G6ii / 20A12 / 17B17 / 15A12: Effects of resonance damping on invasive IABP tracing
20A12: Exam Report
Explain resonance and its significance and the effects of damping on invasive arterial blood pressure measurement.
23% of candidates passed this question.
Many candidates gave detailed answers that involved the set up and components of the arterial line system that was not asked for in the question and did not attract marks.
There was confusion around the correct use of the terms natural frequency, resonance frequency and harmonics – candidates that were able to describe these frequencies correctly went on to achieve a good mark – the graphs and discussion around optimal dampening, over and underdamped traces were often drawn poorly or without sufficient detail, and at times were not used within in the context of the answer.
Descriptions of the clinical effect seen with over / under dampened traces on blood pressure was well described.
17B17: Exam Report
Define and explain damping, resonance, critical damping and optimum damping.
25% of candidates passed this question.
Concise definitions were required with a clear explanation of the underlying physical principles.
The response time of the system, degree of overshoot, effect on amplitude, noise and ability to faithfully reproduce frequencies relative to the natural resonant frequency were important considerations.
Many candidates interpreted the question as relating to arterial lines and a detailed discussion of the components and characteristics of an intraarterial catheter and transducer system did not attract marks.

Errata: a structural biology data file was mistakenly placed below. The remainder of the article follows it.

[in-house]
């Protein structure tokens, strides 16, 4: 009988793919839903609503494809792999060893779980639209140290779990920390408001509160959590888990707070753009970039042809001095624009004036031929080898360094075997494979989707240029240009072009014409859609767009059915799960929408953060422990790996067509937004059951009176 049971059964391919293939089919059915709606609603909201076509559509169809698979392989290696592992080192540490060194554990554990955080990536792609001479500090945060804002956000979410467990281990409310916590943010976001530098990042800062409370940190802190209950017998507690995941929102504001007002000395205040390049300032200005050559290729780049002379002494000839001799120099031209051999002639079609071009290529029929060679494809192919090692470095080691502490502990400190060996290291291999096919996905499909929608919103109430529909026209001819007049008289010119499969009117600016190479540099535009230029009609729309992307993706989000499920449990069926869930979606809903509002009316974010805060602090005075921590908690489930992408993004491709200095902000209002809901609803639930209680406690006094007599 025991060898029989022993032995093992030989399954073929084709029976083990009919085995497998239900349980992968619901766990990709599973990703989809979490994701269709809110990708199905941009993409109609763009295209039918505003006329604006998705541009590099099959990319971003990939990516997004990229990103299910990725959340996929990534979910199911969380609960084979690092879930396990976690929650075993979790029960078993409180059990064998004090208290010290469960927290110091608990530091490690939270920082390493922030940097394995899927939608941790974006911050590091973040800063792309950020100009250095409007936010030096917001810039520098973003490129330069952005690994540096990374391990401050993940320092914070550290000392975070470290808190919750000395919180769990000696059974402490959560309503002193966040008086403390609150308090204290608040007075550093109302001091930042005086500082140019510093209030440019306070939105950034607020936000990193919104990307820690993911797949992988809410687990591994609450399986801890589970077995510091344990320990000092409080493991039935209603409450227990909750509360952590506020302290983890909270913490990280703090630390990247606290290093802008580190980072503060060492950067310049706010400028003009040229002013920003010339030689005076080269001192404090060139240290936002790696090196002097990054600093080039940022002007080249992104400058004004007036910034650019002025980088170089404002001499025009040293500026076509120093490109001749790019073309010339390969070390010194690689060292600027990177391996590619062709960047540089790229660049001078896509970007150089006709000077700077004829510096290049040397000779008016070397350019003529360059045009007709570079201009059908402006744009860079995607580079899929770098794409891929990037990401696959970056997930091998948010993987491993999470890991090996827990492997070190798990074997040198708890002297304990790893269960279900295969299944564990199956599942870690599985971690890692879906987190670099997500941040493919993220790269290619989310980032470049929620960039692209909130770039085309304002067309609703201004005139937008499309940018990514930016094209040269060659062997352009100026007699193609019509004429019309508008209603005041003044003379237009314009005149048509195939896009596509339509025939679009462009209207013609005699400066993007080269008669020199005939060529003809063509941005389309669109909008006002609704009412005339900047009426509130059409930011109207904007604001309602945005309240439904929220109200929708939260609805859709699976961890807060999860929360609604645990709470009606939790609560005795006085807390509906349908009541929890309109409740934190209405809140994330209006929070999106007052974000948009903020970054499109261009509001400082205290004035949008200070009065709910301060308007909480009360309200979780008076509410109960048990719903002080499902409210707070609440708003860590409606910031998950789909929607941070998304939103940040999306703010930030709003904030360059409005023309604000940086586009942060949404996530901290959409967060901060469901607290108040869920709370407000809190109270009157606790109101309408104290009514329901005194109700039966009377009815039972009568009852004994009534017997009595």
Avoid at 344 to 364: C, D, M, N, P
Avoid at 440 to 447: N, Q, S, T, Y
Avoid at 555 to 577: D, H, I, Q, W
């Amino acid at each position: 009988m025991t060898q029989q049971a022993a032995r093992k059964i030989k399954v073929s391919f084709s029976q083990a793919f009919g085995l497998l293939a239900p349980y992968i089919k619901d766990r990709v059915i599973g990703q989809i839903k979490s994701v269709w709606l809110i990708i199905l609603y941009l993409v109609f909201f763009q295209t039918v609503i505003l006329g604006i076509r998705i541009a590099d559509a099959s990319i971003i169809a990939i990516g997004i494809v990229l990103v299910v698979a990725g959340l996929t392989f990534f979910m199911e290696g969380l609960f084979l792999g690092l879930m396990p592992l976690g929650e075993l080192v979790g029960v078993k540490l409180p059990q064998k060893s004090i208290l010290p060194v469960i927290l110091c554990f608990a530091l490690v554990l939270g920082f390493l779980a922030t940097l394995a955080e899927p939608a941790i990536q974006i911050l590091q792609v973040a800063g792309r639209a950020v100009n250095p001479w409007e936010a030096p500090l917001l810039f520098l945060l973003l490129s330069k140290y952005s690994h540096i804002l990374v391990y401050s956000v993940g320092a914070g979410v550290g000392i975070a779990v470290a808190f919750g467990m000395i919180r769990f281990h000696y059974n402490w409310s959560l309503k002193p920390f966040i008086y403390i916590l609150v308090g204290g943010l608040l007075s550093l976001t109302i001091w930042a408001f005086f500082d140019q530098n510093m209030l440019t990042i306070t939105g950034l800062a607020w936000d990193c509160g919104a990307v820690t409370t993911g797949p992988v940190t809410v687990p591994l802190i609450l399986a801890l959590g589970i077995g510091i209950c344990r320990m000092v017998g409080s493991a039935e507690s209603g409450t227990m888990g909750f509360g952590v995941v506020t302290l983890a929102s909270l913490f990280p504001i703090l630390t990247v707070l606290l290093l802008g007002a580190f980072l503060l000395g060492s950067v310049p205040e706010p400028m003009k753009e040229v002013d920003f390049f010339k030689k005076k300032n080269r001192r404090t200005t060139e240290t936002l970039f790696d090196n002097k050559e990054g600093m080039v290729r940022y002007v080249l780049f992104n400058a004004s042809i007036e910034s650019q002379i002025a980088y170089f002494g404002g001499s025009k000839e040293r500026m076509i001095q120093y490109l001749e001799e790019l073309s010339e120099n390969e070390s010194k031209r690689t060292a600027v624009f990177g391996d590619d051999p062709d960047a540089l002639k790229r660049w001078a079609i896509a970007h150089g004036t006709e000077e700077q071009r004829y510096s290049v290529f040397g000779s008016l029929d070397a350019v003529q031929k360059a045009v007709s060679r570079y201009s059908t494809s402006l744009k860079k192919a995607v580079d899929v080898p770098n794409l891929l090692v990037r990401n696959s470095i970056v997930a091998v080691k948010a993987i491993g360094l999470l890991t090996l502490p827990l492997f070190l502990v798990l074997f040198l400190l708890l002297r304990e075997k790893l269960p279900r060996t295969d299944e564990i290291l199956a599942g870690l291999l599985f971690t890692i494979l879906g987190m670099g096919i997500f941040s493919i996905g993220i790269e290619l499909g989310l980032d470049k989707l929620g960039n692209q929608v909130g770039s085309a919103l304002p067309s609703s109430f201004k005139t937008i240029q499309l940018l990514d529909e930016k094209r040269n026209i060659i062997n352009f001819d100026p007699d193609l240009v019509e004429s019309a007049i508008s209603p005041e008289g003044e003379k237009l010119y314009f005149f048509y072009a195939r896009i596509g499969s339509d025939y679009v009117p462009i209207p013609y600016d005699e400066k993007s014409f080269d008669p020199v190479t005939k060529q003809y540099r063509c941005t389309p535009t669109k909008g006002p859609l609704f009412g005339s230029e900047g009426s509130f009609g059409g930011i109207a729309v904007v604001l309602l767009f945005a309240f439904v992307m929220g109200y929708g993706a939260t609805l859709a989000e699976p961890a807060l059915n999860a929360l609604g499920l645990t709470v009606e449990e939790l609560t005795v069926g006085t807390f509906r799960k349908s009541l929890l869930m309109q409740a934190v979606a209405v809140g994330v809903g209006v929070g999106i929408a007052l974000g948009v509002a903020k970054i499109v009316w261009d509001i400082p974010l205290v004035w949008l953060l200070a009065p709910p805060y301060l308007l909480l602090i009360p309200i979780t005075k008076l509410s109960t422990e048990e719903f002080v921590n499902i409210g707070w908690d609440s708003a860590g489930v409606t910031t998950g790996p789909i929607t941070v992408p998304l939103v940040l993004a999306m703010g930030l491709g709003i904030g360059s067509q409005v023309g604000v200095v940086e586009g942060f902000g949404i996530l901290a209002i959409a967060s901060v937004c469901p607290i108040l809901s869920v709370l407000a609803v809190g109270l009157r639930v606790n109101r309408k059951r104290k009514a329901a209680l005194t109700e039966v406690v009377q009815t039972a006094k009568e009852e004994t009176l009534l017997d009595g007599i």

15A12: Exam Report
Describe the effects of resonance and damping on an invasive arterial blood pressure tracing.
33% of candidates passed this question.
Many candidates seemed to get some of the basic concepts but few were able to expand on simple concepts.
It was expected that candidates could describe that the arterial pressure waveform is made up of many different sine waves (as determined by Fourier Analysis) with each sine wave having a specific frequency. Every system has its own natural oscillatory frequency, or resonant frequency. If this is less than 40 Hz, it falls within the range of frequencies present in the blood pressure waveform and oscillations may produce a sine wave which is superimposed on the blood pressure wave form.
Some damping is inherent in any system and acts to slow down the rate of change of signal between the patient and pressure transducer. It may be caused by air bubbles or blood clots or occlusion. This reduces the deflection of the transducer diaphragm and hence the size of the waveform. The effect of damping on temporal response was rarely mentioned.
Accurate graphical representations of invasive pressure traces are important. Many candidates provided poor drawings without axis, labels, reference to normal or discussion in text.
G6ii / 20A12 / 17B17 / 15A12: Effects of resonance damping on invasive IABP tracing
NOTE: IABP is the gold standard of BP measurement
Fourier Analysis
 Pressure waves are periodic events occurring at repetitive frequencies
 Any wave can be broken down into a sum of simpler sine waves → this is FOURIER ANALYSIS
 FUNDAMENTAL WAVES = the number of times per second the cycle occurs
 HARMONIC WAVES = a sine wave that is a multiple of the fundamental frequency
→ These waves are added together & resemble the arterial pressure wave
 The arterial wave is broken down by a microprocessor into the sine waves